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What is Knee Osteoarthritis?

The knee joint is cushioned and stabilized with the help of soft tissue called cartilage. Knee osteoarthritis occurs when cartilage tissue deteriorates due to aging, a direct injury, or excessive strain on the joint. A person with knee osteoarthritis usually experiences some degree of pain and a restricted range of motion, which can limit his or her ability to enjoy daily activities. Osteoarthritis symptoms tend to worsen over time, so it is important to speak with a doctor at the first signs of joint problems. Doctors can suggest medication, physical therapy, or surgery to help patients maintain strong knee joints.

Knee cartilage allows the upper and lower leg bones that meet at the joint to gently slide against one another. When the cartilage is damaged because of knee osteoarthritis, the bones are subject to excessive rubbing and friction. Osteoarthritis typically leads to pain during and after activity, swelling, and a loss of flexibility. It is common for the joint to feel stiff, especially in the mornings or during rainy weather. Symptoms tend to worsen over time as cartilage continues to deteriorate.

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The most common cause of knee osteoarthritis is aging. As a person gets older, cartilage tissue naturally begins to break down. The onset of osteoarthritis can vary from person to person, but most people will experience some degree of joint problems by the age of 70. Other possible causes include injuries to the knee joint and congenital bone disorders. Obese people are at risk of developing osteoarthritis symptoms because of the excess pressure placed on their knees when walking and standing. Regardless of the cause, individuals can usually ease their pain by making healthy lifestyle choices and following the recommendations of doctors.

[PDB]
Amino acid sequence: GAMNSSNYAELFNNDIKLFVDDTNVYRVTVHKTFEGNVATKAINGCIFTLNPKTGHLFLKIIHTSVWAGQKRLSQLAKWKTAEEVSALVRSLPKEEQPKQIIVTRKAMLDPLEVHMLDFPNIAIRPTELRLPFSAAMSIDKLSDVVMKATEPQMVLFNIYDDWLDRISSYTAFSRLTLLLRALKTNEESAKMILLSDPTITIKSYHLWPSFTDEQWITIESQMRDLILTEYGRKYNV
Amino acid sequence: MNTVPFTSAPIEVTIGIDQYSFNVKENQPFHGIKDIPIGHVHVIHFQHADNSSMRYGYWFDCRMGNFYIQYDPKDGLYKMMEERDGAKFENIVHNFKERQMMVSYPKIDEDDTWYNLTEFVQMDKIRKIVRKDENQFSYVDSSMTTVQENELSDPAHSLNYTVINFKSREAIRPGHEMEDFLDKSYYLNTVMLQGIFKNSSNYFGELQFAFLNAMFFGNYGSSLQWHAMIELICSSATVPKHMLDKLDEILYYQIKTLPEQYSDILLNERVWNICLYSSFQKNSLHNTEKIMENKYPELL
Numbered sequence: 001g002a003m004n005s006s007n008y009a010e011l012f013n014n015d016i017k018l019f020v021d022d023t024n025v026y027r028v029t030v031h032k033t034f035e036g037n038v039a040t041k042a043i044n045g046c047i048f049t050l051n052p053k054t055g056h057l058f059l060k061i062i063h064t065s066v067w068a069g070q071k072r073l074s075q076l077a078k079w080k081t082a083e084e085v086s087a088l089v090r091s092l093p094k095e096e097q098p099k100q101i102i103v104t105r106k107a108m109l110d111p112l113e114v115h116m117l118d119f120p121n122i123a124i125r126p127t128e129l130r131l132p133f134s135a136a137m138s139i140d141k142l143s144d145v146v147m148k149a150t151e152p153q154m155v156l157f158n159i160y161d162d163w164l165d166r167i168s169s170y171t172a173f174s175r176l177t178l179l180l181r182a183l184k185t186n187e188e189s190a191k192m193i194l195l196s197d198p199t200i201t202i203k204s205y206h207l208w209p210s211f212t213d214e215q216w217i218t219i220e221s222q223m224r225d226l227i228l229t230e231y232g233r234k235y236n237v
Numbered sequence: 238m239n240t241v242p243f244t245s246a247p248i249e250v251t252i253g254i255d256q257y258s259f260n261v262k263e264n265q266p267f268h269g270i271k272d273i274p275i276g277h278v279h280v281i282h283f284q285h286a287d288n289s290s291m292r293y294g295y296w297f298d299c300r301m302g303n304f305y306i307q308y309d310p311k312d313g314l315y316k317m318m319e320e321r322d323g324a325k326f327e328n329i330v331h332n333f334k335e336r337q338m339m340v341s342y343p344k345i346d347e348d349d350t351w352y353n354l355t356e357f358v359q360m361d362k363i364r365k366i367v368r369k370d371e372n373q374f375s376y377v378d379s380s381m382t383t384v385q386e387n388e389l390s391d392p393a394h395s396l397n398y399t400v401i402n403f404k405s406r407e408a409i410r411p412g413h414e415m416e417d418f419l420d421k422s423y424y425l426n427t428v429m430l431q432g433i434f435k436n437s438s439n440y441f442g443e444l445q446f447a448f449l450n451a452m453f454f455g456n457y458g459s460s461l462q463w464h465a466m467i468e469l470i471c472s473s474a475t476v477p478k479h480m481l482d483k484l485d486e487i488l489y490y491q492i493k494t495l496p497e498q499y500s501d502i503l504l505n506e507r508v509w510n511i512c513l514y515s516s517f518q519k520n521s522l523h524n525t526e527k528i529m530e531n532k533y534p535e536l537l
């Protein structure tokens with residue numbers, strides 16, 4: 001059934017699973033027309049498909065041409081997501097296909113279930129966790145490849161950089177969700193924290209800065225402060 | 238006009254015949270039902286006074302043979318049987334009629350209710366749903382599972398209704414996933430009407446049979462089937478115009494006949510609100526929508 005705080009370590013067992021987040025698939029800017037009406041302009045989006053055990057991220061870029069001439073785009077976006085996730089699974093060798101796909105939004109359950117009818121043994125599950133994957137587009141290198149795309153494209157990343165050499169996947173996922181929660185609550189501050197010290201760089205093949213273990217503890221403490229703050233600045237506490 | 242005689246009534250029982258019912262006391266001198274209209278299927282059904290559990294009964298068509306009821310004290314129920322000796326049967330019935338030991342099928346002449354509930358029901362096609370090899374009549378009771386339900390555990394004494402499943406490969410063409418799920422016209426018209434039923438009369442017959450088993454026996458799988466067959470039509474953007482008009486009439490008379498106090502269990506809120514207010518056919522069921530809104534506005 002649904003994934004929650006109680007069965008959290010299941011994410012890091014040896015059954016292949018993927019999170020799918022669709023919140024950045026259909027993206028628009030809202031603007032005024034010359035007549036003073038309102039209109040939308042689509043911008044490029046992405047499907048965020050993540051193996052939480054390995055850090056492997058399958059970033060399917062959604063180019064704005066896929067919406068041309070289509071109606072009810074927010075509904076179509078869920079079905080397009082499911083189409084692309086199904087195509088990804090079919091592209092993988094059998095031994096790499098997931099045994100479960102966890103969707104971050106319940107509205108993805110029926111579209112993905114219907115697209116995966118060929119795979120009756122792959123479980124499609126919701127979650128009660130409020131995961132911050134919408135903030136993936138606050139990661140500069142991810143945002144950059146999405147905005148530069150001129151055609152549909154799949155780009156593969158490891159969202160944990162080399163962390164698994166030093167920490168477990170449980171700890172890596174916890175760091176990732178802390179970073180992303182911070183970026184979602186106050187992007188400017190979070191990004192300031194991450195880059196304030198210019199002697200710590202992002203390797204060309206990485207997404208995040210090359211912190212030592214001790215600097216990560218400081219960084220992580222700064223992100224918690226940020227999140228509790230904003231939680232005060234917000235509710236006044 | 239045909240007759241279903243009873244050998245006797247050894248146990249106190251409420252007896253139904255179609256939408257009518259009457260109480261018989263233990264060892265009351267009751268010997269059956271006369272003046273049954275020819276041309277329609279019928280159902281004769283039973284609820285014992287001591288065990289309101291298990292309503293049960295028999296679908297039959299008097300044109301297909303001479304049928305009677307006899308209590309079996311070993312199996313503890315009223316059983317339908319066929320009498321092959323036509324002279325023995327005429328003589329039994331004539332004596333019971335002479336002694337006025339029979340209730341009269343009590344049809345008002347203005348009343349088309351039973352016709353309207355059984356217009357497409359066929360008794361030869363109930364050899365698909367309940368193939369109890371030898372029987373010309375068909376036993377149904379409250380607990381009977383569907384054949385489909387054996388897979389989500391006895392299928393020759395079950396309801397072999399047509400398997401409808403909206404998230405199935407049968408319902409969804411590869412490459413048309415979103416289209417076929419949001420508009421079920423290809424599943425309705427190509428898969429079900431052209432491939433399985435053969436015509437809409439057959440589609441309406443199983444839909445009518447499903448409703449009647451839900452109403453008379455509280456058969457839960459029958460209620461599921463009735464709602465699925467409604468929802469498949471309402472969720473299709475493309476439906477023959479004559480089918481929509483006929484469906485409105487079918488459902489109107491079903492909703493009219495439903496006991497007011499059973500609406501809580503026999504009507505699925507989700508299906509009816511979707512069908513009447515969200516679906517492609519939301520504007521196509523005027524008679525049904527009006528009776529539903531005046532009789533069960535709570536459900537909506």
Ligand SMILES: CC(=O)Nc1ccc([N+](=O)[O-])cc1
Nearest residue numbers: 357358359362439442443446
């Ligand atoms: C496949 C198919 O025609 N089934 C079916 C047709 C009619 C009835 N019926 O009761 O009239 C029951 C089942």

Physicians diagnose knee osteoarthritis by physically examining the joint and taking x-rays. After being diagnosed, many patients are instructed to take over-the-counter or prescription anti-inflammatory drugs to reduce pain and swelling. A more nutritious diet and regular exercise are usually suggested to promote better bone and metabolic health. Doctors can also recommend that patients wear knee braces to provide stability and take pressure off of the joint during activity. Some people benefit from physical therapy sessions with licensed trainers to strengthen their joints and slow the onset of osteoarthritis.

A doctor may recommend surgery in the case of severe joint pain and damage. A common procedure known as arthroscopic surgery involves making a small incision in the knee, inserting a tiny robotic camera and tools, and carefully cutting away damaged tissue. More invasive procedures are needed when the bones themselves have been worn down. Surgeons can perform a partial or full joint replacement, called an arthroplasty, in which bones and tendons are fitted to a metal or plastic artificial knee joint. Recovery time following surgery can vary, but most people who engage in regular physical therapy and make positive lifestyle choices can usually regain use of their knees in less than a year.

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